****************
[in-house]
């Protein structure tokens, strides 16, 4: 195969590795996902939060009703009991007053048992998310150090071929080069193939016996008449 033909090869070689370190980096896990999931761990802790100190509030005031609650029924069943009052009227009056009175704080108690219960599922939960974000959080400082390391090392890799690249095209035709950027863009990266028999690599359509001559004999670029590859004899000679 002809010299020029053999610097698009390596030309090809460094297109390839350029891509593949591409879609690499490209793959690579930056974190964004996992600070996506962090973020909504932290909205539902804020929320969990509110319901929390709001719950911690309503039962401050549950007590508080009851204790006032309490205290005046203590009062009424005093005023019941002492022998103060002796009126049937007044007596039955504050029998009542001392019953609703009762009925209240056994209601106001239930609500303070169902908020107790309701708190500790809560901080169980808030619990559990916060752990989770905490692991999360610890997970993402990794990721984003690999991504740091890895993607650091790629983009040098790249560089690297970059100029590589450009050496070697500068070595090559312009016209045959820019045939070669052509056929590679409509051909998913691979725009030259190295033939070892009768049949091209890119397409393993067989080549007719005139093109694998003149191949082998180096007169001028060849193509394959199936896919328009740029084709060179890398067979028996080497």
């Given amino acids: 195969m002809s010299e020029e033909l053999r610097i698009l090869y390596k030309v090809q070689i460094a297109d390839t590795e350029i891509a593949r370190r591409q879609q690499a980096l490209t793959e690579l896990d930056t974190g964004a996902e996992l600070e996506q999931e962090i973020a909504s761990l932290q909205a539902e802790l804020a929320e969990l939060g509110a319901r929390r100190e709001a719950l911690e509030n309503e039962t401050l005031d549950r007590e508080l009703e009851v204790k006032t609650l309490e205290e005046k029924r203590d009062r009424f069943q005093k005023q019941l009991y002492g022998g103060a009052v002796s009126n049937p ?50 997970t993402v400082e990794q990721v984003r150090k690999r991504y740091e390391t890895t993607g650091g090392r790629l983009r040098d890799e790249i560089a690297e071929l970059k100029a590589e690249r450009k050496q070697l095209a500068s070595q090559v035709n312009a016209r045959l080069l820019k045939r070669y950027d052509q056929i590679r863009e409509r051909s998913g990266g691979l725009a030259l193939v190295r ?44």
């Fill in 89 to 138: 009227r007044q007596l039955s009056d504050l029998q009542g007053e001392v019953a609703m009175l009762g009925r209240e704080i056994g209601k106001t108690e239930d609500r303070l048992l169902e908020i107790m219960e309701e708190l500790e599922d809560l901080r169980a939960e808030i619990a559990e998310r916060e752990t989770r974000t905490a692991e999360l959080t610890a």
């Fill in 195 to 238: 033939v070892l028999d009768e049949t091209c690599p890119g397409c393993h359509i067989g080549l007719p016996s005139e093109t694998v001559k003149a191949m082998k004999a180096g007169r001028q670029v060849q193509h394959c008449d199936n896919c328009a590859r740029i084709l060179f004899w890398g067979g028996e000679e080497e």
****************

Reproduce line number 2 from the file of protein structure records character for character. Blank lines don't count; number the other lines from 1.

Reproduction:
């Protein structure tokens, strides 16, 4: 195969590795996902939060009703009991007053048992998310150090071929080069193939016996008449 033909090869070689370190980096896990999931761990802790100190509030005031609650029924069943009052009227009056009175704080108690219960599922939960974000959080400082390391090392890799690249095209035709950027863009990266028999690599359509001559004999670029590859004899000679 002809010299020029053999610097698009390596030309090809460094297109390839350029891509593949591409879609690499490209793959690579930056974190964004996992600070996506962090973020909504932290909205539902804020929320969990509110319901929390709001719950911690309503039962401050549950007590508080009851204790006032309490205290005046203590009062009424005093005023019941002492022998103060002796009126049937007044007596039955504050029998009542001392019953609703009762009925209240056994209601106001239930609500303070169902908020107790309701708190500790809560901080169980808030619990559990916060752990989770905490692991999360610890997970993402990794990721984003690999991504740091890895993607650091790629983009040098790249560089690297970059100029590589450009050496070697500068070595090559312009016209045959820019045939070669052509056929590679409509051909998913691979725009030259190295033939070892009768049949091209890119397409393993067989080549007719005139093109694998003149191949082998180096007169001028060849193509394959199936896919328009740029084709060179890398067979028996080497």